However, McIntire said the claim is based on statements made by his opponents during the campaign, specifically in regard to comments made about the repeal of the city’s sanitation fee.
Early voting for the city election began on Thursday at the Kingsport Civic Auditorium. In the race for mayor, five candidates are vying for the job: McIntire, Joe Carr, Dennis Mabb, Pat Shull, and Nathan Vaughn.
ABOUT THE MAILER
Voters began receiving a mailer this week from McIntire’s campaign, just before early voting began. The mailer asks, “Would you like to have a property tax increase this year?” and claims that would happen if they vote for Shull or Vaughn.
The mailer continues by saying the proposed policies of Shull and Vaughn would raise property taxes by as much as 50 cents per hundred. “Can you stand a $188 tax increase?” the mailer asks.
Shull issued a statement Wednesday morning denouncing the mailer, calling it “unprecedented and unethical.” Speaking with the Times-News on Thursday, Vaughn said the mailer has no place in the campaign.
“Kingsport has a time-honored tradition of clean campaigning, and it’s sad to see it broken so desperately and dishonestly,” Shull said in his statement. “This kind of campaigning is unprecedented and unethical and totally out of character for Kingsport.”
Shull continued by saying in more than 10 years of public service he has never voted for a property tax increase, nor would he propose one if elected mayor of Kingsport.
“We’ve put forward positive policy proposals, and they’re clearly resonating, or we wouldn’t be seeing these last-ditch negative tactics,” Shull said. “The people of Kingsport expect better of their leaders, and these attacks will probably backfire just like they did in the governor’s race.”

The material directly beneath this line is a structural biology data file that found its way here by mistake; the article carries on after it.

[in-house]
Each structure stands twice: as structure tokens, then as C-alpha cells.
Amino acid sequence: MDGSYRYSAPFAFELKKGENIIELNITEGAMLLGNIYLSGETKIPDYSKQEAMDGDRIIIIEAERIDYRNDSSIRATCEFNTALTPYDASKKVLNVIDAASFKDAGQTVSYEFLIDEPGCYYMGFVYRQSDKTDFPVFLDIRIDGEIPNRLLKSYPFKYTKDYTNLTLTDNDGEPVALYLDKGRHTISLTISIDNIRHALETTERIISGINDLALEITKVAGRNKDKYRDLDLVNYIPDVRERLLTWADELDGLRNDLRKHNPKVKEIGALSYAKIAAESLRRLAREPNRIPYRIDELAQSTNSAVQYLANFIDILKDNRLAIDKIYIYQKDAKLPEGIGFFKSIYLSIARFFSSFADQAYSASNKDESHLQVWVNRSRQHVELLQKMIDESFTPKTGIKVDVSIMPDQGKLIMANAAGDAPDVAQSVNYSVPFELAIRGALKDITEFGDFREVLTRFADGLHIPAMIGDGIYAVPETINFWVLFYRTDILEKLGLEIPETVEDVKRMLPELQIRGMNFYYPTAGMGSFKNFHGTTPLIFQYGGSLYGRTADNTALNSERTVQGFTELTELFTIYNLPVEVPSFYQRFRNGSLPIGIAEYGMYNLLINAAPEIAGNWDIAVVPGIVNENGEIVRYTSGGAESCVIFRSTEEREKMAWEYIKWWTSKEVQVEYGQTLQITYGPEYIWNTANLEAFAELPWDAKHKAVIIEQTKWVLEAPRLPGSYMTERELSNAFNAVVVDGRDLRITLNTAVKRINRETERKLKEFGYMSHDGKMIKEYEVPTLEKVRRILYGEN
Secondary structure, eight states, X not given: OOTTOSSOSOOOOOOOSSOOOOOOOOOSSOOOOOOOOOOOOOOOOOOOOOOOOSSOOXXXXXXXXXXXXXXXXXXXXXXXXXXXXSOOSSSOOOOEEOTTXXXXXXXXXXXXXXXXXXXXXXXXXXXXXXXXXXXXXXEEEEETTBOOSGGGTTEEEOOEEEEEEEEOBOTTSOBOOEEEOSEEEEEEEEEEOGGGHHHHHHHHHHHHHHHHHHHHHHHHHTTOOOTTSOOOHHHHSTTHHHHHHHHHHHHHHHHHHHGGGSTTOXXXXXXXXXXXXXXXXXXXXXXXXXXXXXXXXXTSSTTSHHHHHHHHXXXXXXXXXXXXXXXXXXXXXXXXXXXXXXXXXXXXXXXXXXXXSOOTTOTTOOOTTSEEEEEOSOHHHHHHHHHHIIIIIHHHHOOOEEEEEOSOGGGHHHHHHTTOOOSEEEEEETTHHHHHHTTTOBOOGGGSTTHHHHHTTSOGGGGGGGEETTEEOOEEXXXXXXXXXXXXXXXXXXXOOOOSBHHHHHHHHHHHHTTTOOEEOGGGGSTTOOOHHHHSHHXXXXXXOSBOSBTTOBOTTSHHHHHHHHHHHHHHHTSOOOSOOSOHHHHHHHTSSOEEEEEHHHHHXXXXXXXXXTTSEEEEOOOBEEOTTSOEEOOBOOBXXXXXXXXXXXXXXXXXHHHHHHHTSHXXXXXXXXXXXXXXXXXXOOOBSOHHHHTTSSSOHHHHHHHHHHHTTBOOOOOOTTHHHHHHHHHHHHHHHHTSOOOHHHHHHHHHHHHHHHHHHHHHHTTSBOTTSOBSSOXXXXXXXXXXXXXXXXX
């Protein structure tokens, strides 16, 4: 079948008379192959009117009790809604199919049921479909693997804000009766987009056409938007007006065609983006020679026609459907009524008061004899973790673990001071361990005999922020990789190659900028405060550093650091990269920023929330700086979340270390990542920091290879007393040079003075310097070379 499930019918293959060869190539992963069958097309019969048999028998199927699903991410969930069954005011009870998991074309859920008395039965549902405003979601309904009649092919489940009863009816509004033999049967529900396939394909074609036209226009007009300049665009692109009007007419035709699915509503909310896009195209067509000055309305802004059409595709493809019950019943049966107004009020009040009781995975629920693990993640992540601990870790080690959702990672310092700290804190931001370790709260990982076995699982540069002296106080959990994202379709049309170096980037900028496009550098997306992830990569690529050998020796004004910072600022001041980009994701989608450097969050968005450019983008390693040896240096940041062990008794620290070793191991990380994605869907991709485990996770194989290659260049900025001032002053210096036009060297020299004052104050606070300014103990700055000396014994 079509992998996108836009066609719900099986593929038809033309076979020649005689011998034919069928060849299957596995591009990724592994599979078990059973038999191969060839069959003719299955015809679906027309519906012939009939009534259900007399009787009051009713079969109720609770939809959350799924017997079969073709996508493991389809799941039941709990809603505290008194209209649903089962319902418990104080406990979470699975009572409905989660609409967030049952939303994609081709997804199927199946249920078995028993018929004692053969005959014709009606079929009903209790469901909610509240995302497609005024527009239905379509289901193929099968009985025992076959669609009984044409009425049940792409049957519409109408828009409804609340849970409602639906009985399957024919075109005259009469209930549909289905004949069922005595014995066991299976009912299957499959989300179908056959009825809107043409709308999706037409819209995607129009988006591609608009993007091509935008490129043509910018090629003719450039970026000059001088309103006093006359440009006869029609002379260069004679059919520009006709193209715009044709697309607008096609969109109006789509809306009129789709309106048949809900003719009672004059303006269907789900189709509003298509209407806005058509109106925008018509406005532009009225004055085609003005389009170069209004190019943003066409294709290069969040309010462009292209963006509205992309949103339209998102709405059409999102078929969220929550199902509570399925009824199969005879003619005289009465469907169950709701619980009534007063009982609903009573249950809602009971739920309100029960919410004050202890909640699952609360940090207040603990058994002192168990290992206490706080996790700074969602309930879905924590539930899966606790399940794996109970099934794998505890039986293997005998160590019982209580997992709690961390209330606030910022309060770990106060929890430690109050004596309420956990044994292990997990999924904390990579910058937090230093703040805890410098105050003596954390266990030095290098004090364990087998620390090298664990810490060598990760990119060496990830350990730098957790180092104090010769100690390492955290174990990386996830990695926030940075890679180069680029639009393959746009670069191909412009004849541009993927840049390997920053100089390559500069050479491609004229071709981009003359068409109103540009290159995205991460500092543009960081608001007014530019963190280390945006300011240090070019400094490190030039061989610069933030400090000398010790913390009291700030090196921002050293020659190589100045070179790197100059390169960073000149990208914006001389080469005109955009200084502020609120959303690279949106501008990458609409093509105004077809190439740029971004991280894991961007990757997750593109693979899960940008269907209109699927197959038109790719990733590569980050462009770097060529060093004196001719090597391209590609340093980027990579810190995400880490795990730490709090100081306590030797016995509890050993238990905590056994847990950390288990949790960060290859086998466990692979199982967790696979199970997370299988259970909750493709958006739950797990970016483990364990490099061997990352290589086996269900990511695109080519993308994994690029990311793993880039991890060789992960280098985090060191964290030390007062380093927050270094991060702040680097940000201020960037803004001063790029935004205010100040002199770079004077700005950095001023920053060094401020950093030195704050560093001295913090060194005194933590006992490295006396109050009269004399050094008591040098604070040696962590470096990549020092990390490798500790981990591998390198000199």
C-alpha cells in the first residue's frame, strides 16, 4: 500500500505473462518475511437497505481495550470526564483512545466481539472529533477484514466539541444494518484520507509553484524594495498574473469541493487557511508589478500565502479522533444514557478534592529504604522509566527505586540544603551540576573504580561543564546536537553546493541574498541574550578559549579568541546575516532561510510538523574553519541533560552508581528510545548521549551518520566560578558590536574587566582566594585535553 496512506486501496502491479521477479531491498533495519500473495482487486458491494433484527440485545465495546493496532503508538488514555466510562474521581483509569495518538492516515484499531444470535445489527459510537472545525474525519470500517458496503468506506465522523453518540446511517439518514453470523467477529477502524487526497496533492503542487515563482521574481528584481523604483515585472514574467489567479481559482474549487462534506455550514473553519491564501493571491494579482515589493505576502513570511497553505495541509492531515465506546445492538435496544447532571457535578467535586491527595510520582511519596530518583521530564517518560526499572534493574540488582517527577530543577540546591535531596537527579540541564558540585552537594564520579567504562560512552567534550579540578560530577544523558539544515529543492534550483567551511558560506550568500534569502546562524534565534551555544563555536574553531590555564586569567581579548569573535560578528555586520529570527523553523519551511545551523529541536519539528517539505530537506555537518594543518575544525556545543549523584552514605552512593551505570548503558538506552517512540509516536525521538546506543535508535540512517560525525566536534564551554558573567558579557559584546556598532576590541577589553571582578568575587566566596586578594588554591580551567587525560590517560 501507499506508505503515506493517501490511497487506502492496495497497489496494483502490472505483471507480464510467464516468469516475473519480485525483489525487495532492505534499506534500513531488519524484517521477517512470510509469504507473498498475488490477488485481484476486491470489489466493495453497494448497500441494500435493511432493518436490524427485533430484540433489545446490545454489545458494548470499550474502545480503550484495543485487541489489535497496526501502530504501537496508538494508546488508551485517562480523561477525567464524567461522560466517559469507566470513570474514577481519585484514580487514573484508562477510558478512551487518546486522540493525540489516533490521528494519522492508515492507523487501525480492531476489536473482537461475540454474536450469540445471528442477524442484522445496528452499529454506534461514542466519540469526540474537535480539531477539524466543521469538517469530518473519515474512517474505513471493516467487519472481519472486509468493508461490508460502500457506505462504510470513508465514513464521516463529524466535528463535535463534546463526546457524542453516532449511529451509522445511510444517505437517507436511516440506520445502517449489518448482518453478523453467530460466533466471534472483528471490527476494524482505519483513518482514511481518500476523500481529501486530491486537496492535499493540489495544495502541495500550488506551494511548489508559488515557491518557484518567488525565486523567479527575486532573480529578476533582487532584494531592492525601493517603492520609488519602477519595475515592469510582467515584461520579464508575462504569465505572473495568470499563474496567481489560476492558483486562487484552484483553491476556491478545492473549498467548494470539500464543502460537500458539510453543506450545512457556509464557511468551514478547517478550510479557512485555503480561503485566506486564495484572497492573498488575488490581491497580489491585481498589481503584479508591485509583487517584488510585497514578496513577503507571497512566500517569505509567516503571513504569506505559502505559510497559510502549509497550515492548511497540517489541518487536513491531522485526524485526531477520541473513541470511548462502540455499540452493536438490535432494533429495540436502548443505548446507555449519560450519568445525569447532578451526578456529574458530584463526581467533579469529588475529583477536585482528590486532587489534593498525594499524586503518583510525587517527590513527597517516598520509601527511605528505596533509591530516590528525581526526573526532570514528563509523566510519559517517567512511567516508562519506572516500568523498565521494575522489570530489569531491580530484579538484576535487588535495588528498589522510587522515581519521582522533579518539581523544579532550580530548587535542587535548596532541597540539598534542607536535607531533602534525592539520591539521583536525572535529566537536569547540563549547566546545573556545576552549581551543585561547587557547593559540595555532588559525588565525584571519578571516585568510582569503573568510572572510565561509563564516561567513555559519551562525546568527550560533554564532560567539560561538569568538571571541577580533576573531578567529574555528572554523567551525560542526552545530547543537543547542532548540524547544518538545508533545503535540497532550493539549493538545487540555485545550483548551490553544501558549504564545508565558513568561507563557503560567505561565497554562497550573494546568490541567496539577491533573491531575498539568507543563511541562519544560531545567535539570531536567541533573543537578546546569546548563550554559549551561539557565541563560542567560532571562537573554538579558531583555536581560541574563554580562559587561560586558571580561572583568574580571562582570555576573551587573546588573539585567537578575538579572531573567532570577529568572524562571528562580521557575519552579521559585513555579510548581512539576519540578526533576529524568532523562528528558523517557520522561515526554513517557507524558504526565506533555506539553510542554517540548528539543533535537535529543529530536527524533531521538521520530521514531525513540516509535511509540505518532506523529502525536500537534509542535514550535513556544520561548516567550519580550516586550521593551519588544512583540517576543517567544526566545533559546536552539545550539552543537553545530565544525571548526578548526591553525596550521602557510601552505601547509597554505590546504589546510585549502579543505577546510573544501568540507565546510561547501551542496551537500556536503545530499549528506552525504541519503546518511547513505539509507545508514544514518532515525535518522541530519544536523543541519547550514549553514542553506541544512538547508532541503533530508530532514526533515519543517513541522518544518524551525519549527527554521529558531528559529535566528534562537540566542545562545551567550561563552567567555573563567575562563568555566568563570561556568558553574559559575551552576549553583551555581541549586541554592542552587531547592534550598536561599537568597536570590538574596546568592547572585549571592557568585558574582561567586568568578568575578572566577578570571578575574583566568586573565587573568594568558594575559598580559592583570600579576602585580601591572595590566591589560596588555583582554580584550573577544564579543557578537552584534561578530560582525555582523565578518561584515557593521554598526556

Vaughn said there are no policies in his agenda that would result in a property tax increase, nor is he interested in doing anything that would raise taxes on Kingsport residents.
“(The mailer) is designed to scare people and that is tragic. To make those claims is mean-spirited, evil and has no relation to the truth,” Vaughn said.
DEFENDING THE CLAIM
McIntire said the claim made in the mailer is based on two things Shull and Vaughn have talked about during the campaign: the repeal of the sanitation fee and how more should be done about the condition of Kingsport’s streets.
The sanitation fee generates about $2.7 million each year, and if it is repealed, McIntire said, that money has to come from somewhere.
“All of that money is not just sitting there. If it’s repealed, it’s got to be replaced, and the only way I see how you can replace it is by raising taxes,” McIntire said.
The second part of the claim comes from Shull and Vaughn talking about the need to spend more to repair the streets of Kingsport, McIntire said.
“If you say let’s spend two or three times what we’re spending now to fix our streets, that could be another 13 to 26 cents on the property tax rate,” McIntire said. “If you say you’re going to do it, the only place to get the money is from a tax increase.”